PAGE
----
Mexico’s Aerospace Growth to Reach New Heights
There is a bright future for the aerospace sector in the coming years in Mexico, according to Carlos Robles, Vice President of Bombardier Queretaro in his keynote speech at Mexico Aerospace Forum 2018 this Wednesday at the Hotel Sheraton María Isabel in Mexico City. “The future of the aerospace sector is bright,” he said. “The sky is the limit and the opportunities keep growing at a steady pace.”
The context in which the aerospace sector operates in Mexico and internationally has challenges, but the opportunities are greater, he said. “The political context, the fluctuations in the exchange rate, the renegotiation of trade agreements and México’s presidential elections are factors that create a complex environment for the sector,” he explained. But he highlighted that this impact has not stopped the sector’s steady growth.
According to Robles, the aerospace sector has experienced sustained growth over the last few years, positioning it as a strategic axis for the country. “In the last 10 years the sector has had an annual growth rate of 14 percent, positioning it as the fastest growing sector in the country,” he said.
However, the sector’s steady growth also presents challenges for the companies and the sector itself, he warned. “The main challenge is the coordination of more than 360 industrial installations that operate in the sector, which are a key to support the success and continuous growth of the aerospace sector in Mexico,” he explained.
Other challenges that impact the development of the sector are related to the training of the labor force and the development of strategic alliances to become competitive as a sector. “One challenge is to encourage talent development to satisfy the steady growth of the aerospace sector,” he continued. A third challenge he identified was the transformation of Mexico’s supplier competitiveness by reducing costs to compete with players coming from regions such as Asia.
Robles closed his speech sharing the upcoming opportunities for the country. “By the end of the year, the aerospace sector is expected to provide more than 56,000 directorate positions and surpass the current export rate,” said Robles.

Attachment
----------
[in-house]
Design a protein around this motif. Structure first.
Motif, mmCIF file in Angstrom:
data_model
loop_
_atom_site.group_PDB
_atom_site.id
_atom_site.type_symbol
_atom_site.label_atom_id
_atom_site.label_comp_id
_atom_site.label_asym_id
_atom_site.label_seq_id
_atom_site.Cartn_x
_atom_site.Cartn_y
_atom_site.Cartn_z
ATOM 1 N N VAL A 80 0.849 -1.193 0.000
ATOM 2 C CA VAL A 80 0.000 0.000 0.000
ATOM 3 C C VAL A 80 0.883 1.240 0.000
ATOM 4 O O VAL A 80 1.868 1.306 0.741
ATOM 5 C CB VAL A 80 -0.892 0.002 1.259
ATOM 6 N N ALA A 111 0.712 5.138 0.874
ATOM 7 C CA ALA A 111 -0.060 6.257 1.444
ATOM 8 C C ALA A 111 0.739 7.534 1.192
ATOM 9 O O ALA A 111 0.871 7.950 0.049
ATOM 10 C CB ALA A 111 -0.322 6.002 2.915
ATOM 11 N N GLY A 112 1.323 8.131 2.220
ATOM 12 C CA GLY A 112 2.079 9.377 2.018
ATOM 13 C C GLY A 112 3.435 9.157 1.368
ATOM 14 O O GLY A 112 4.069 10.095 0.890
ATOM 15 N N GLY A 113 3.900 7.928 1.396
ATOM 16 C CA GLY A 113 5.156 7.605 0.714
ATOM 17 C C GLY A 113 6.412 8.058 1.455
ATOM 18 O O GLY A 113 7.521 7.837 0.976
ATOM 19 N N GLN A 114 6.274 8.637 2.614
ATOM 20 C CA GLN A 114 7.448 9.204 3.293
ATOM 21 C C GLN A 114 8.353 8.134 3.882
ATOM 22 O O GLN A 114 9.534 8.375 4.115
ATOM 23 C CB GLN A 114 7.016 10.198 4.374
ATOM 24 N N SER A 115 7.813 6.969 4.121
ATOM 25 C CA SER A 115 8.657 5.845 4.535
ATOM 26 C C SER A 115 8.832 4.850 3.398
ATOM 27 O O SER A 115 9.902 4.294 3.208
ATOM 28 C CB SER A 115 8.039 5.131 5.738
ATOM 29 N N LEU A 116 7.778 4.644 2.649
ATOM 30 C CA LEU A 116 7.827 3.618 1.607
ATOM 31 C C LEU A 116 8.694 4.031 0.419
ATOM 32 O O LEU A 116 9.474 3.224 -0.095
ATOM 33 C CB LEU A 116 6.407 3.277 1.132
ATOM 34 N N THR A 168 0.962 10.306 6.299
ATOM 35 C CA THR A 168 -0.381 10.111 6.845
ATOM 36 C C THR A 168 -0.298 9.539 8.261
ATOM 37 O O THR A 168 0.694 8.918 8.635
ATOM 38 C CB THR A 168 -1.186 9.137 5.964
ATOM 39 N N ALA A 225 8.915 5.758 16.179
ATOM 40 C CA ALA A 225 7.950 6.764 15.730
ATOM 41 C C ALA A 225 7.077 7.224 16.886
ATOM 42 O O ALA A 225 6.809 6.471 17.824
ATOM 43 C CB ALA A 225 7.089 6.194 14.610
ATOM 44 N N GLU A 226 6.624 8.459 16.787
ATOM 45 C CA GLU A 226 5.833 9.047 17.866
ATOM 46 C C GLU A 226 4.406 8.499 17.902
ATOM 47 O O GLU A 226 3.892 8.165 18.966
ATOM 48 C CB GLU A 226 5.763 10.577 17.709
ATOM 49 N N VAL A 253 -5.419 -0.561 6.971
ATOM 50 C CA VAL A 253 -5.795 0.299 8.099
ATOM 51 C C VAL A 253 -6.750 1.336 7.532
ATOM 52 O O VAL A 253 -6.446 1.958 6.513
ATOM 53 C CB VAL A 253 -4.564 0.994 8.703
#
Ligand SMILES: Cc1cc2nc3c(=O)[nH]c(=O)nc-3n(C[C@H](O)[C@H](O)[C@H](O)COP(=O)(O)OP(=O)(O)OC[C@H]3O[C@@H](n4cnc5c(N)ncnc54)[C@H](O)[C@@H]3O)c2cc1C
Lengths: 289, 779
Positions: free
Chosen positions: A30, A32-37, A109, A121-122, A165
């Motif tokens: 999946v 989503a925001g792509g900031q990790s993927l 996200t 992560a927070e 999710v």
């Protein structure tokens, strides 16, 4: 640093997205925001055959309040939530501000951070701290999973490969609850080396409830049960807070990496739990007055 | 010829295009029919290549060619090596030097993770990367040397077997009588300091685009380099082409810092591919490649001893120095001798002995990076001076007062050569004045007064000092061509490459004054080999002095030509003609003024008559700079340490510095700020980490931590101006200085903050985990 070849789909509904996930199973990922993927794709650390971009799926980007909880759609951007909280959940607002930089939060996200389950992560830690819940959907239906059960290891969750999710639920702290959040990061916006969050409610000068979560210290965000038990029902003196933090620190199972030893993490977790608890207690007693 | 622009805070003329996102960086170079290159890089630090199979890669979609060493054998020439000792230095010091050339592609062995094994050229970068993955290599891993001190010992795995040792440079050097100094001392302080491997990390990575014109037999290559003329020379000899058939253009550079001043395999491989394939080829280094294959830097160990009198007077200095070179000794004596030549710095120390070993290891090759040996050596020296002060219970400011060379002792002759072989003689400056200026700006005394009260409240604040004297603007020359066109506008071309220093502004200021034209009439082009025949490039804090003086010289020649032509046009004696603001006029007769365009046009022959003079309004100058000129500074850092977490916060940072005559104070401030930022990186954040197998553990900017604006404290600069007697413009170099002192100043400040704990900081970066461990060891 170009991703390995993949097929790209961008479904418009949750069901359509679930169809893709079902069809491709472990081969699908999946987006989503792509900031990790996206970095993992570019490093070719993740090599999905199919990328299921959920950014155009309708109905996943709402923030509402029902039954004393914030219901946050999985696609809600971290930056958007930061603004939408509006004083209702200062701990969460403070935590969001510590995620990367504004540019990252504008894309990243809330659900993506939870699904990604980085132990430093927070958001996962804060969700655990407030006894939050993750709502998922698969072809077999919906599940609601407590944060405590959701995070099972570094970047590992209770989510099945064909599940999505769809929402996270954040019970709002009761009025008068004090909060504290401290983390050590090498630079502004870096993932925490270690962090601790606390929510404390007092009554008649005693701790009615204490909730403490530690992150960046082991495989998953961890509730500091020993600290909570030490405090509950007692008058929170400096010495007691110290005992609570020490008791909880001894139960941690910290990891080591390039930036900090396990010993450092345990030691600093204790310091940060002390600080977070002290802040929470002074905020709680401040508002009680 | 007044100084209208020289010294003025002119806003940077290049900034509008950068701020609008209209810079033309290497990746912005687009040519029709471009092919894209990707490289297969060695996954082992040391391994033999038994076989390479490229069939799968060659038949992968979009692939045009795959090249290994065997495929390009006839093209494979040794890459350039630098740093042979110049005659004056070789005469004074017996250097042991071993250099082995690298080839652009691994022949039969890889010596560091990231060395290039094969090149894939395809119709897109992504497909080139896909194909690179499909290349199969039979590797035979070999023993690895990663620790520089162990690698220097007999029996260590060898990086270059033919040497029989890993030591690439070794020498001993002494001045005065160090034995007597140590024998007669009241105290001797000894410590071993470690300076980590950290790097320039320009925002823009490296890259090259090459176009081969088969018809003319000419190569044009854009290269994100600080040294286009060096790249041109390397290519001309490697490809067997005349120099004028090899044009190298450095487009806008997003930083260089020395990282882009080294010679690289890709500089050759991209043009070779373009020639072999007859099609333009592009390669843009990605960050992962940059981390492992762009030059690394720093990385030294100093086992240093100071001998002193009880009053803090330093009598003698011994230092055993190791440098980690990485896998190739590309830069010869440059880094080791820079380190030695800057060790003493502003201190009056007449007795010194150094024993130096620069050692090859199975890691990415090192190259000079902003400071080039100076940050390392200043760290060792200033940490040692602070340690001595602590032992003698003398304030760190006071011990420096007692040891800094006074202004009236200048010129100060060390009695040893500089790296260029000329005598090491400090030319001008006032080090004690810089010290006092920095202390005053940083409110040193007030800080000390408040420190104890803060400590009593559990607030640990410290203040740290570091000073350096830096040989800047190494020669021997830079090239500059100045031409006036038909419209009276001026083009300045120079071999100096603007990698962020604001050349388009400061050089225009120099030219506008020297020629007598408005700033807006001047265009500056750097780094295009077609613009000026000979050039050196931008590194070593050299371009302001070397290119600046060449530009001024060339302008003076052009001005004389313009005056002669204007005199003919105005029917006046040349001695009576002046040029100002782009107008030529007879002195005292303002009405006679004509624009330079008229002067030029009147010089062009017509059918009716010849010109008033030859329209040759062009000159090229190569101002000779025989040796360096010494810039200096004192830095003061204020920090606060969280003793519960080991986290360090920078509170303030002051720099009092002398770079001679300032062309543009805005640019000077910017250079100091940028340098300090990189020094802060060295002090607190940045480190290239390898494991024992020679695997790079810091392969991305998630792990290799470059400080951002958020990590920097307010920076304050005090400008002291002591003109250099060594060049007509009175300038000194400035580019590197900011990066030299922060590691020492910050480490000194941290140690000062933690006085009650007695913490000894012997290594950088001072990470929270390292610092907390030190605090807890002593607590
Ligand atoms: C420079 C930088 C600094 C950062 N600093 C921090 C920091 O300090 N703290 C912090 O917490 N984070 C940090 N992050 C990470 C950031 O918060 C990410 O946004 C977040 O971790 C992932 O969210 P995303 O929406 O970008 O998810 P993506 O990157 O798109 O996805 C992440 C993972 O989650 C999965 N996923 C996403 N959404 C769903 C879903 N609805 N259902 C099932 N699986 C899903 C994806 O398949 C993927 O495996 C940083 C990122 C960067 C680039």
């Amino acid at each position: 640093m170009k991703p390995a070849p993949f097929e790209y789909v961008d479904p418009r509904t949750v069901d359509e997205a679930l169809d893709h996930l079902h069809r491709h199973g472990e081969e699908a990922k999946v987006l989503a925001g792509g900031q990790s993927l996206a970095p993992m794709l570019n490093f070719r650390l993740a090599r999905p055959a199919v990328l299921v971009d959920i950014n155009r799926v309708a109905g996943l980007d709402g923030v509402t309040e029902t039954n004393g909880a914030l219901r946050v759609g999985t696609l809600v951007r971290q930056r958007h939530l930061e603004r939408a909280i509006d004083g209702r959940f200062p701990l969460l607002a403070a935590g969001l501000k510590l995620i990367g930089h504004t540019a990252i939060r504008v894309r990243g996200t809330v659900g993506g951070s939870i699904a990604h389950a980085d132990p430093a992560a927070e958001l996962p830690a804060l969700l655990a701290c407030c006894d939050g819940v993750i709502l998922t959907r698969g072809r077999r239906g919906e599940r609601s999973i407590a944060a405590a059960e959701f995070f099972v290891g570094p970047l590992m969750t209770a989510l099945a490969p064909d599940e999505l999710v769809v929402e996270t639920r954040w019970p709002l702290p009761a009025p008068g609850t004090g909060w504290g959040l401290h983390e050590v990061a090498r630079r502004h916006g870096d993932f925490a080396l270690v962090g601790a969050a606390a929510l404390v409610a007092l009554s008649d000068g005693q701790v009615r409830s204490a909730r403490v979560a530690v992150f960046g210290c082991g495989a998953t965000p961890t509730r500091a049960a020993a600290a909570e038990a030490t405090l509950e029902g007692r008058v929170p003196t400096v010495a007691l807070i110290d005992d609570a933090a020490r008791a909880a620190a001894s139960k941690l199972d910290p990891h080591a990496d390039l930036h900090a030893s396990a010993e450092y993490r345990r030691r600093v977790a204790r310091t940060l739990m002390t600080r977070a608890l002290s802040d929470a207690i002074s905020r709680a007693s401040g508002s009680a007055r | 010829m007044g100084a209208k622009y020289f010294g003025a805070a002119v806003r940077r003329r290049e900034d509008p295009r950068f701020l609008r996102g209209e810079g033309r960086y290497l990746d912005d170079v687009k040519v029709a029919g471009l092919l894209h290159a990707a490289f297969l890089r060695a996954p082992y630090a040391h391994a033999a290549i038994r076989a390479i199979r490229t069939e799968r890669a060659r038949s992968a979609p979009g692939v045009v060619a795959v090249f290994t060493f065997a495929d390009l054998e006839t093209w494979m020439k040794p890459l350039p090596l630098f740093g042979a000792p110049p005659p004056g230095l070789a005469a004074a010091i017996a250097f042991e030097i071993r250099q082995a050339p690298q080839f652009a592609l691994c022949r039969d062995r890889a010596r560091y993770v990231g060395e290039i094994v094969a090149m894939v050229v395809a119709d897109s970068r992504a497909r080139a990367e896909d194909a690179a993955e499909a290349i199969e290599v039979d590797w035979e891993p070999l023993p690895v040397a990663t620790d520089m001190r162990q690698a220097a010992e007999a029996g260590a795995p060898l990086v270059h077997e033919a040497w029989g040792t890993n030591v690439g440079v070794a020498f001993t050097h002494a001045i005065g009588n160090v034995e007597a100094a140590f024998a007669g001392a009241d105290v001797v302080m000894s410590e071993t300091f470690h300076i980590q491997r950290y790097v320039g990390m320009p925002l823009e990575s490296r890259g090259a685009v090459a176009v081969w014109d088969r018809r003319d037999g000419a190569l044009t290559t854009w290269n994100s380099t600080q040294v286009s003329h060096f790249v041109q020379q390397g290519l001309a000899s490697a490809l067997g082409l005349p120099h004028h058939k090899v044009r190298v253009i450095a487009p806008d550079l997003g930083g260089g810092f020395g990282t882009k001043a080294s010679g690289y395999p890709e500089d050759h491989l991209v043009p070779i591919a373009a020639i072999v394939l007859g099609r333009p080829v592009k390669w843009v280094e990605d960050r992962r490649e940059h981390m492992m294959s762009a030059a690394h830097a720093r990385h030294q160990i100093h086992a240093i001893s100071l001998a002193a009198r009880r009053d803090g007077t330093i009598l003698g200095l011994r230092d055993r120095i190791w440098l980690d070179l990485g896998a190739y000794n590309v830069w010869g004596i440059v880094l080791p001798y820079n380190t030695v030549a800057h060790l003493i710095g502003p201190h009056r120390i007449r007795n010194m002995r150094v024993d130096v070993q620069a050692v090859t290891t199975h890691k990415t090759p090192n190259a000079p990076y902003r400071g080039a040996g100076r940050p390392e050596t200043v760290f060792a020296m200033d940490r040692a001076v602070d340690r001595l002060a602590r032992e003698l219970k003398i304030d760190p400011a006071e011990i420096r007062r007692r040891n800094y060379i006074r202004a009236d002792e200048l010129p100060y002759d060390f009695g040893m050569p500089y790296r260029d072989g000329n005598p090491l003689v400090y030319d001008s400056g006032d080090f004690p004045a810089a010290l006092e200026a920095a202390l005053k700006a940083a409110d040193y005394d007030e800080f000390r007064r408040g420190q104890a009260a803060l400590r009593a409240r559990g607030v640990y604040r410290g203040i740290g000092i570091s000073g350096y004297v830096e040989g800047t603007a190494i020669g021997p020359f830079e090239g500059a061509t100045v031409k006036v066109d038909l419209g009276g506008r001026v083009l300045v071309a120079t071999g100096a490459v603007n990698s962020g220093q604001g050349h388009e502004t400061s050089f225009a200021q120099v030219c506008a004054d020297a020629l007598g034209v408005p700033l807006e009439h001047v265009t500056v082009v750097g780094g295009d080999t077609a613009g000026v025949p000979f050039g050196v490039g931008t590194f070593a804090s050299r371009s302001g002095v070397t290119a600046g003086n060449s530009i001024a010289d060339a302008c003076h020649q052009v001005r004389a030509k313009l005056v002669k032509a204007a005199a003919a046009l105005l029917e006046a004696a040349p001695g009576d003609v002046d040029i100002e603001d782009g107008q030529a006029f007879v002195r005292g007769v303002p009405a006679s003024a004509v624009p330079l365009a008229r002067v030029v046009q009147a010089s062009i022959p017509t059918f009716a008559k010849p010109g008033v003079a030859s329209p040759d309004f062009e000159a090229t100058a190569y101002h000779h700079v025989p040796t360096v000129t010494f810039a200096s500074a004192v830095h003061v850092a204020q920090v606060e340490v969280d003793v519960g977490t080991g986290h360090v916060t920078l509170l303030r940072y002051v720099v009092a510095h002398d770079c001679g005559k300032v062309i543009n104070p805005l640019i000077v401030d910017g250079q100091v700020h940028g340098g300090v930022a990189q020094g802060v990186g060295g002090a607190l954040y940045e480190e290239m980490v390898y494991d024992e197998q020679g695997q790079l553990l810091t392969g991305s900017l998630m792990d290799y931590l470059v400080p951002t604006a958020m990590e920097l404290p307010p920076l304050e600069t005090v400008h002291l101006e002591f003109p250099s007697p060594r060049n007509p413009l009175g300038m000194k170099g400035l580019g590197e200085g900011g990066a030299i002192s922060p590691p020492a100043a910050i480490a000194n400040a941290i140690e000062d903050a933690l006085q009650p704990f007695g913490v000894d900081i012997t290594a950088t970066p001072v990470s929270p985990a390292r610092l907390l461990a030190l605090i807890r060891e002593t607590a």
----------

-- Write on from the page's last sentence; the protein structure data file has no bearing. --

He said he thinks Mexico has a positive reputation as an aerospace hub but that there is still plenty of room for it to grow. “Whenever a potential client comes to Mexico for the aerospace sector, there is an image of a growing sector with potential opportunities. The outlook is very positive,” he concluded.
New Trade Environment Demands Further National Development
After over a year of negotiations, the new USMCA treaty was signed by Former President Enrique Peña Nieto, US President Donald Trump and Canadian Prime Minister Justin Trudeau. Despite uncertainty in the automotive sector due to changes in rules of origin, the aerospace sector was mostly unaffected, according to Luis Lizcano, Director General of FEMIA.
“Even though we expected slower growth in the industry’s production and export results due to the NAFTA renegotiation, we experienced quite the opposite,” said Lizcano during the first panel of Mexico Aerospace Forum 2019 held at the Sheraton María Isabel hotel in Mexico City. As moderator, Lizcano opened the discussion highlighting the growth in aerospace exports of US$1 billion for a total of US$8.6 billion in 2018.
Luis Aguirre, President of the National Council for the Maquila Industry and Export-oriented Manufacturing (INDEX), said no big changes were made to regulations focused on the aerospace industry moving from NAFTA to USMCA. “There are more advantages because the new treaty gives more certainty to trade, strengthening customs and information exchange,” he said. “Paperwork on certifications of origin was also simplified to expedite operations.”